Saturday, April 6, 2013
The Gathering by Anne Enright
The suicide of a brother forces an affluent woman to confront family secrets
On the surface, Dublin’s Hegarty family, with Mammy, Daddy, the twelve kids, is the classic devout Irish Catholic family. However, the chaotic reality of their upbringing was significantly more hellish. Veronica, a middle child, claws her way free and constructs a more tranquil family life, but is unable to save Liam, her closest sibling, who is a drunk and a fuckup. When Liam drowns himself in England, Veronica returns to the family home to oversee the funeral. Once there, she remembers (and also imagines) family secrets, secrets that could be the root of Liam’s pain. Because one summer, long ago, Mammy became overwhelmed, and Veronica and Liam are sent to stay with their Grandmother Ada. Something happened there (or did it?). The novel is about Veronica beginning to remember.
The story is beautifully, evocatively written, and technically skillful. The numerous siblings are memorable, delineated in quick crazy observations. The plot is submerged, but surfaces periodically to move the story along when needed. Much of the book consists of Veronica's voice: thinking about the past, taking field trips to visit the past, mourning the inevitable death of her brother. Veronica hates her middle class life – the life she struggled so hard to build as a contrast, a rebuke, to the emotionally neglectful way she was raised. Extended passages are set in the distant past and concern the life of her grandmother, and Ada’s choice between two suitors: Charlie, her good-timey husband, and the very careful very creepy Lambert Nugent.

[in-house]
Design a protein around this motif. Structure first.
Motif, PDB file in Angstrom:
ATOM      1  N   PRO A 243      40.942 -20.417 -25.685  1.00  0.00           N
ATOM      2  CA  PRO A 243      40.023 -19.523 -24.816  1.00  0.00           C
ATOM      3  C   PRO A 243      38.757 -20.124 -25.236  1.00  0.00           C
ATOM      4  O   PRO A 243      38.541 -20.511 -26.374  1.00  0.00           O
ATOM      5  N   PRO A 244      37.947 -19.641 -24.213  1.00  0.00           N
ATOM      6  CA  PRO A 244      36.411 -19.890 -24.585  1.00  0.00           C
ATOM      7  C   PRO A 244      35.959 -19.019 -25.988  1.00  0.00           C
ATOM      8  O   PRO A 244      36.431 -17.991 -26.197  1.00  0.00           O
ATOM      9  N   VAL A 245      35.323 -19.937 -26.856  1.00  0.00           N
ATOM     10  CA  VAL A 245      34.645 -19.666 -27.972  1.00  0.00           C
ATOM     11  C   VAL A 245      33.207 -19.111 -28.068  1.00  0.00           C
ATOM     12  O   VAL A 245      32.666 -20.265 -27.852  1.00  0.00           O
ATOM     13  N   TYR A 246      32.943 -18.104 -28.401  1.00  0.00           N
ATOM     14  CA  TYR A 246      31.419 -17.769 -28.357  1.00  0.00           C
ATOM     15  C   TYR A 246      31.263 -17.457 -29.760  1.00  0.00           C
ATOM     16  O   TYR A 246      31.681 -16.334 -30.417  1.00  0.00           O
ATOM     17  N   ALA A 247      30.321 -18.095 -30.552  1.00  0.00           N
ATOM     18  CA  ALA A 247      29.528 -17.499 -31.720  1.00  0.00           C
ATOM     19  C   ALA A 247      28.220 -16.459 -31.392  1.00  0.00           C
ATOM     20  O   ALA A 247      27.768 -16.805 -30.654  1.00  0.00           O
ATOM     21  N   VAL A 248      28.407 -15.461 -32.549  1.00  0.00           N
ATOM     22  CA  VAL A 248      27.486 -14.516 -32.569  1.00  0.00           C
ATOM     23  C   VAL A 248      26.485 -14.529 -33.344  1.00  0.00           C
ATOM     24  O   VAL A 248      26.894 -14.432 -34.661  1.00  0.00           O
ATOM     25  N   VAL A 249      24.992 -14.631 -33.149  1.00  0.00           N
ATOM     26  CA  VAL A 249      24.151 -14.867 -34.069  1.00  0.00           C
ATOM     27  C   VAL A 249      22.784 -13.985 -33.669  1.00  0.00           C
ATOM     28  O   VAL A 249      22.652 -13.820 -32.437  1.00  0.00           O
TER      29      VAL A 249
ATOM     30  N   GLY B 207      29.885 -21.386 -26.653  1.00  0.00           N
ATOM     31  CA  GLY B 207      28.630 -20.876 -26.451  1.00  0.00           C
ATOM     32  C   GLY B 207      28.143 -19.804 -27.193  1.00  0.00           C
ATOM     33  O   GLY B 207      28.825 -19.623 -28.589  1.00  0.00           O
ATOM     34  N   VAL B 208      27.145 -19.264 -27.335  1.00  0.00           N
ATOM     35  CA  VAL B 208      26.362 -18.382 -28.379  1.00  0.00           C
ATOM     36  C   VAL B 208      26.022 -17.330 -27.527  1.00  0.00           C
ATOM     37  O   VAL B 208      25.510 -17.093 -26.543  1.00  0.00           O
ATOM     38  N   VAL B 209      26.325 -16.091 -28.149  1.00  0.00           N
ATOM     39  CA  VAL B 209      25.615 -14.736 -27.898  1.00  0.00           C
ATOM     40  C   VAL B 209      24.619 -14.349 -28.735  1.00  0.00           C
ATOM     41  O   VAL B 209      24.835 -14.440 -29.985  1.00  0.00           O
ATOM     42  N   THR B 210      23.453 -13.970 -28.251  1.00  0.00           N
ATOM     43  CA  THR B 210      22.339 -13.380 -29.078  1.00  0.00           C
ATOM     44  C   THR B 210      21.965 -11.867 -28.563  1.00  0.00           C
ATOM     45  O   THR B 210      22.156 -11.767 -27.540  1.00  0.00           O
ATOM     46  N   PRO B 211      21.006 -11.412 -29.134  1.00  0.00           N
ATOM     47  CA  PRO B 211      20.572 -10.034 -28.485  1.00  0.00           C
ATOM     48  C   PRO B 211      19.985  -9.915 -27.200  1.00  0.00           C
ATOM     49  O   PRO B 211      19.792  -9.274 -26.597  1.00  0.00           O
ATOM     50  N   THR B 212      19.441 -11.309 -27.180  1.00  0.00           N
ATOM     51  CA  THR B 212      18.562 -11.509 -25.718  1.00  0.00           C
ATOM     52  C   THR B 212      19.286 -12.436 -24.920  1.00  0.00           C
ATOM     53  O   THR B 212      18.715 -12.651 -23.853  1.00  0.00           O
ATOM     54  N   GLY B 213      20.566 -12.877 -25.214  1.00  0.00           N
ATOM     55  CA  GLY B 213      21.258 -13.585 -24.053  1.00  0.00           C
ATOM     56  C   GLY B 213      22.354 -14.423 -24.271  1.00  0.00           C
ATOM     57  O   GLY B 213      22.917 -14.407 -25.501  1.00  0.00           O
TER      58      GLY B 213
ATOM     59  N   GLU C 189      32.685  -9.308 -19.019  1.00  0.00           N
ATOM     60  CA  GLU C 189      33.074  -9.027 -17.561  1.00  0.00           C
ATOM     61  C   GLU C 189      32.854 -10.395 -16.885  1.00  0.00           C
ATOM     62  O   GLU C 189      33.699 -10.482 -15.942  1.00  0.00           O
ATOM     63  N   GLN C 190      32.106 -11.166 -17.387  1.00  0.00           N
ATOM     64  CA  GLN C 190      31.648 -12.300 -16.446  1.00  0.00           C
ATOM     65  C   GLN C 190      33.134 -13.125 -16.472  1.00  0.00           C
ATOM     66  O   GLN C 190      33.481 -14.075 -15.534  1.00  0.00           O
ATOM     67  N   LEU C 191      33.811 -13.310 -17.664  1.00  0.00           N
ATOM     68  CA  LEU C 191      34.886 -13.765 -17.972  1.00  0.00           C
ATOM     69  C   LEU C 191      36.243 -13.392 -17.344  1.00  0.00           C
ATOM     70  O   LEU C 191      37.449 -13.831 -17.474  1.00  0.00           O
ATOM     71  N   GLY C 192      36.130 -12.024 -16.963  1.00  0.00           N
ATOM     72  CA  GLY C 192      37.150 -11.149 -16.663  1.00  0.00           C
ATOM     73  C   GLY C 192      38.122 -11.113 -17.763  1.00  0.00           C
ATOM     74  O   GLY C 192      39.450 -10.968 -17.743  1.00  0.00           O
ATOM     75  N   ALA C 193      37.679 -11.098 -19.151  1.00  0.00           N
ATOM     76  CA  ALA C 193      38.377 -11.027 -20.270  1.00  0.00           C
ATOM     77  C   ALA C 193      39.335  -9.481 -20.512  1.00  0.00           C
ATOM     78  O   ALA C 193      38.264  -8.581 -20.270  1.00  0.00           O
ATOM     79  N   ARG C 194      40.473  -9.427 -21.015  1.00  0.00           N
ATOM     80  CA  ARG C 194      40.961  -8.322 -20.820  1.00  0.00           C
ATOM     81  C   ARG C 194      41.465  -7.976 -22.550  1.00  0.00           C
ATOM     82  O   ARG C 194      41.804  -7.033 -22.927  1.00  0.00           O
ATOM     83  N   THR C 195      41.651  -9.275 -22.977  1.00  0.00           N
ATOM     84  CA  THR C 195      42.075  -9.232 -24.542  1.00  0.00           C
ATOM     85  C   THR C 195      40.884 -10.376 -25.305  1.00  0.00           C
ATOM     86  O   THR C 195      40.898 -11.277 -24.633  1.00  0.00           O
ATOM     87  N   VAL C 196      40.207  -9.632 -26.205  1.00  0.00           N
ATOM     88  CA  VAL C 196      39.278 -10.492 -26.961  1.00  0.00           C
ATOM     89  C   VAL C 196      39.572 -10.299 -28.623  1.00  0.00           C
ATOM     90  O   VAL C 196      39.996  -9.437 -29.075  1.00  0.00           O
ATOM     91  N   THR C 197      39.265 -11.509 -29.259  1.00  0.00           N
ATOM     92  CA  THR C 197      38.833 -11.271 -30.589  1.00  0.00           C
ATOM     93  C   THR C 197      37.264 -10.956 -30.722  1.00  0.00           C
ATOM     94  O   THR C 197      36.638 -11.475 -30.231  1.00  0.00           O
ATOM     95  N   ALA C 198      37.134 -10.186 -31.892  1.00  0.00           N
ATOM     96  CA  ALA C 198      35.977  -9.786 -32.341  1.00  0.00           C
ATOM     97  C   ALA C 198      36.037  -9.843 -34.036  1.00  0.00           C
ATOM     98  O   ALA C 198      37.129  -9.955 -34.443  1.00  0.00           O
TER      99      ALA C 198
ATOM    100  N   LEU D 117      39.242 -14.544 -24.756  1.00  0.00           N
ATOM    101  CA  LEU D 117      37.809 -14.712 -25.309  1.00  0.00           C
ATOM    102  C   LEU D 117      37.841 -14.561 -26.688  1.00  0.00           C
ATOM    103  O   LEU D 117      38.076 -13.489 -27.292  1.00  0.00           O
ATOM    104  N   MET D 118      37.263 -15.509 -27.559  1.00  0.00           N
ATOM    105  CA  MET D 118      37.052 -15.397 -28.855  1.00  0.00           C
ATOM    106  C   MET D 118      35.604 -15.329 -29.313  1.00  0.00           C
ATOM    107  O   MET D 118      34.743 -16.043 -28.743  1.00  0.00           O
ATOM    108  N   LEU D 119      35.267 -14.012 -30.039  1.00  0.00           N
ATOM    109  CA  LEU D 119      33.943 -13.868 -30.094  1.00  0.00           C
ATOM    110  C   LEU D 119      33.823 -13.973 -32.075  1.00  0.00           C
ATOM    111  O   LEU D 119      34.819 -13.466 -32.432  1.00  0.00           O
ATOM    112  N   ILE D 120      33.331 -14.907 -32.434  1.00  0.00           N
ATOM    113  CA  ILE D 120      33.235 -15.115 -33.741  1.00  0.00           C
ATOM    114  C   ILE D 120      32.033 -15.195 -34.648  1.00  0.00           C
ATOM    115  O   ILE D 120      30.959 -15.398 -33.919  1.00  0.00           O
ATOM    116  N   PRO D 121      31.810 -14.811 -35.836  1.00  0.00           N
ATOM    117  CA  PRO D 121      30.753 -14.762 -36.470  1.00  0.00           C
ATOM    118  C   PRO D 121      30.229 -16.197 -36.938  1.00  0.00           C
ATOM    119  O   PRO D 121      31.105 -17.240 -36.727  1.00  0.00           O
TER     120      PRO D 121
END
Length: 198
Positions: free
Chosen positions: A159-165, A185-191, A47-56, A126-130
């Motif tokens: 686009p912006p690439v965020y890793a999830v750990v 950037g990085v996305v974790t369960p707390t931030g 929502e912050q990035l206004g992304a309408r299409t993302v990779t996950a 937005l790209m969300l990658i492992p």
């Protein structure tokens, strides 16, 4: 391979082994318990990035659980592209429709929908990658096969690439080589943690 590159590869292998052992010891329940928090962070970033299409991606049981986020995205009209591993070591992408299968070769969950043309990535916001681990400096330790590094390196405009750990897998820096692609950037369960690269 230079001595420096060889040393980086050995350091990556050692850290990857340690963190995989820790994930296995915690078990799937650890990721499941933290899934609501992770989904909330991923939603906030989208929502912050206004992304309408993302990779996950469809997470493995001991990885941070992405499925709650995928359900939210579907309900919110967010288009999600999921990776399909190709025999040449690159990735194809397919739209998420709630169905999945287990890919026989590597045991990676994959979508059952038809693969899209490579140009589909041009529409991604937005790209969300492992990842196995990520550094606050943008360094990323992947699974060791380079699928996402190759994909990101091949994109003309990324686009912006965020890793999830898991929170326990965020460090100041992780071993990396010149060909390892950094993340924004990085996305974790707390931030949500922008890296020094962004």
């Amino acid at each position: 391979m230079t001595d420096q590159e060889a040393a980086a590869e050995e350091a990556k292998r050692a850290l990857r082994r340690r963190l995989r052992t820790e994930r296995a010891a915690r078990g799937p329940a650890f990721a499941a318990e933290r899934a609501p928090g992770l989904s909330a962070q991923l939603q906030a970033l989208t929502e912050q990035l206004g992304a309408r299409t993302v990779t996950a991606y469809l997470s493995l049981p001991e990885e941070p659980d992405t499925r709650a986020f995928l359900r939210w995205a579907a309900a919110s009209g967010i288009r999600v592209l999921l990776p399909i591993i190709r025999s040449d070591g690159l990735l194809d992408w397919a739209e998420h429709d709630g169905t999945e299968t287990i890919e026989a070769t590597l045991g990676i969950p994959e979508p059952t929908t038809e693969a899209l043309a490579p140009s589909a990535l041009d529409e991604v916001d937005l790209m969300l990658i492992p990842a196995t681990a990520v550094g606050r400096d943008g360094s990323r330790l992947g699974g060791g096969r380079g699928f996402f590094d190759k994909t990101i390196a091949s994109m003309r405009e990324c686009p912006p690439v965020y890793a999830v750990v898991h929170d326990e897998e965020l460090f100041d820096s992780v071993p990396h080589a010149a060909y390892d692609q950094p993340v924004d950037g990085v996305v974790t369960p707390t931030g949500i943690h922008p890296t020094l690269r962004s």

I wasn’t quite sure what happened at the end – events surged to produce a happy ending. Or at least an ending that wasn’t boxed in with despair. Overall, a wonderful book.